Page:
Requirements techniques form a toolbox of a business analyst. A right technique helps to get to the bottom of an issue at hand, to understand a problem situation, to understand viewpoints of stakeholders, to elicit requirements. Selecting a right technique is a matter of understanding the situation, its nuances (e.g. organizational culture, internal politics), a type of project, and your knowledge about techniques and confidence you have to use them. Too often we choose a technique we know well, or which is an existing company practice, instead of a technique that gives the best results. This situation can be summarised by Abraham Maslow’s quote :
"When all you have is a hammer, everything looks like a nail".
So next time don’t be tempted to use a requirements technique you are very confident about. It may not be the most suitable for the task at hand. Check first whether this technique is suitable in context of your project, organization and people you have to work with. What are the alternatives? Charles Darvin once said:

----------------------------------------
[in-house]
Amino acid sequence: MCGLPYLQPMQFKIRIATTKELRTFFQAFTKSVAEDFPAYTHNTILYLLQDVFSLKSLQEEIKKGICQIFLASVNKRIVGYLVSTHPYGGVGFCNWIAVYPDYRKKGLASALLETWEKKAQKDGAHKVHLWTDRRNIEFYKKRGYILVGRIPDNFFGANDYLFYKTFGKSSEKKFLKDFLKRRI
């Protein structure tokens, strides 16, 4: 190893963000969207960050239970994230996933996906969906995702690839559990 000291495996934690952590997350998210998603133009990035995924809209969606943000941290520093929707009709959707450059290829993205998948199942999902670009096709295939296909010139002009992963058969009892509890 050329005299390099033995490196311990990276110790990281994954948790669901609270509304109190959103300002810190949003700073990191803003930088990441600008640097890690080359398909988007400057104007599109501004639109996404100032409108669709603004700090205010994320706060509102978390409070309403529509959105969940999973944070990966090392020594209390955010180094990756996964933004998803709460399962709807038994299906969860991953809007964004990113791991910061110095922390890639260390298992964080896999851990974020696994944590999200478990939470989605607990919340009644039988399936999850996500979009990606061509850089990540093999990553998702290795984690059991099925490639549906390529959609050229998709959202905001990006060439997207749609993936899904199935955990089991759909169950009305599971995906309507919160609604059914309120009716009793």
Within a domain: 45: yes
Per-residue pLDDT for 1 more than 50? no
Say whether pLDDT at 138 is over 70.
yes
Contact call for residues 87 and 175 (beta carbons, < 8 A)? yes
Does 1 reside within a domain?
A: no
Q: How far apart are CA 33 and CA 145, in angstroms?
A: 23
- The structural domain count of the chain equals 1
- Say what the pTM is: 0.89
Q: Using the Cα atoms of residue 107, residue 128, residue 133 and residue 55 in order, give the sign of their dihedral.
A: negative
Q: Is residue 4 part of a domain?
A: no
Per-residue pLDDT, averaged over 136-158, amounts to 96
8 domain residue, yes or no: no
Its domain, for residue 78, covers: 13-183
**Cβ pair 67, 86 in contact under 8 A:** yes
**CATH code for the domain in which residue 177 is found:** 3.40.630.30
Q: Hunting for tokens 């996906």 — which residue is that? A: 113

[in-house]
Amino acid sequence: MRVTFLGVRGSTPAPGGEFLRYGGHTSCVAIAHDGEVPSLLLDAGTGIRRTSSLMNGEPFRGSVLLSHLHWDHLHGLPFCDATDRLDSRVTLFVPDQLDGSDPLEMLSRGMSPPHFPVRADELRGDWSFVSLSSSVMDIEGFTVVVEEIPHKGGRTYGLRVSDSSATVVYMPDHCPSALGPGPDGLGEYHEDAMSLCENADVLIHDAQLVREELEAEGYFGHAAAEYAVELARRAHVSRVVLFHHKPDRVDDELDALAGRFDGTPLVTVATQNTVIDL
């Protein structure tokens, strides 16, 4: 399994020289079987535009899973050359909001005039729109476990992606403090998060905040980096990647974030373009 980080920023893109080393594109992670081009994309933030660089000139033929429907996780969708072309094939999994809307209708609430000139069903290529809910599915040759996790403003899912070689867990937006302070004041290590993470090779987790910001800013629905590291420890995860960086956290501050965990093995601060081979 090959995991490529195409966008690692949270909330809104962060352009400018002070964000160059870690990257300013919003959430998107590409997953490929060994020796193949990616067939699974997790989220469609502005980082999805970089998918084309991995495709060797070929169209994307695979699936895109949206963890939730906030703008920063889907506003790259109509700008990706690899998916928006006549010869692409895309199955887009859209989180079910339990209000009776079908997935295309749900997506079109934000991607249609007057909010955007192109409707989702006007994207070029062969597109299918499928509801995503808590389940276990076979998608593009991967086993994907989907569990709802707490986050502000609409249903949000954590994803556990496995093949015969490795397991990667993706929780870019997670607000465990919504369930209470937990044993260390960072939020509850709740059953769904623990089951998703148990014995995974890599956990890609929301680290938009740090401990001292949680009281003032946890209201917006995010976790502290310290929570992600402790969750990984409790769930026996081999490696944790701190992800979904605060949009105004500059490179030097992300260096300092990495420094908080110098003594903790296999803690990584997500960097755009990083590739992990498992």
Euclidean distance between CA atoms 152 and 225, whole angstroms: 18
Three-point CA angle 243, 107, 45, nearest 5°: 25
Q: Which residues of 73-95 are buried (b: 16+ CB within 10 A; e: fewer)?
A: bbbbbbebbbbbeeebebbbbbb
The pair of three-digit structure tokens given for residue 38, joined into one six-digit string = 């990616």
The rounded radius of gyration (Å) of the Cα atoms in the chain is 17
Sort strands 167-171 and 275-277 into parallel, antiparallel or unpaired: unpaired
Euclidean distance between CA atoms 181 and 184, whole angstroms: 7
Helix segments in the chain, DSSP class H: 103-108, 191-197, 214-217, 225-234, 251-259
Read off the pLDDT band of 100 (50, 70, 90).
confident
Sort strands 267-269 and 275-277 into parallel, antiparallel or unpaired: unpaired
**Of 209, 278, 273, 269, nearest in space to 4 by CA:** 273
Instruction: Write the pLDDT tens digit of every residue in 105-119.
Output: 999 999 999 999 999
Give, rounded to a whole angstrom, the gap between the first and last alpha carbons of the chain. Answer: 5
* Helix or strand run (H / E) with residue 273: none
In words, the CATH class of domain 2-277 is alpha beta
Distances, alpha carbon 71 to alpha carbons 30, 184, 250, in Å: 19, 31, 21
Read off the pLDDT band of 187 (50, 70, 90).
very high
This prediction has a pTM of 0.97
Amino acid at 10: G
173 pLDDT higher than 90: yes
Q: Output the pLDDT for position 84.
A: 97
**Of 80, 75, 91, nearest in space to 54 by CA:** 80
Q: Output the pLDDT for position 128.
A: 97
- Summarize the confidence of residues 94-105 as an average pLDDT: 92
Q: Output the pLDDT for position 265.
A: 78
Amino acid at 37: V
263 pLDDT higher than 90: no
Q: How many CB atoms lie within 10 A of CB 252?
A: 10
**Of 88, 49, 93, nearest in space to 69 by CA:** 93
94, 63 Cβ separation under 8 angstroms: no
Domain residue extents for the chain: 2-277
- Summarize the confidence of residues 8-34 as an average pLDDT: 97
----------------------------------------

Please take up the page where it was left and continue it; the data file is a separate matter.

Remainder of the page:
'It is not the strongest of the species that survive, nor the most intelligent, but the one most responsive to change.'
In any eco-system an organism with the broadest range of behaviour will thrive. The same rule applies to business analysts: in any organization a business analyst with the broadest range of behaviours/techniques will thrive and get the best results. There are a lot of very useful requirements techniques that are not widely used/known. At the same time the few approaches can currently assist you in the selection of “the best” techniques for the situation at hand. I hope this blog will help you to fill in this knowledge gap and will give you practical tips on available techniques and how to use them.
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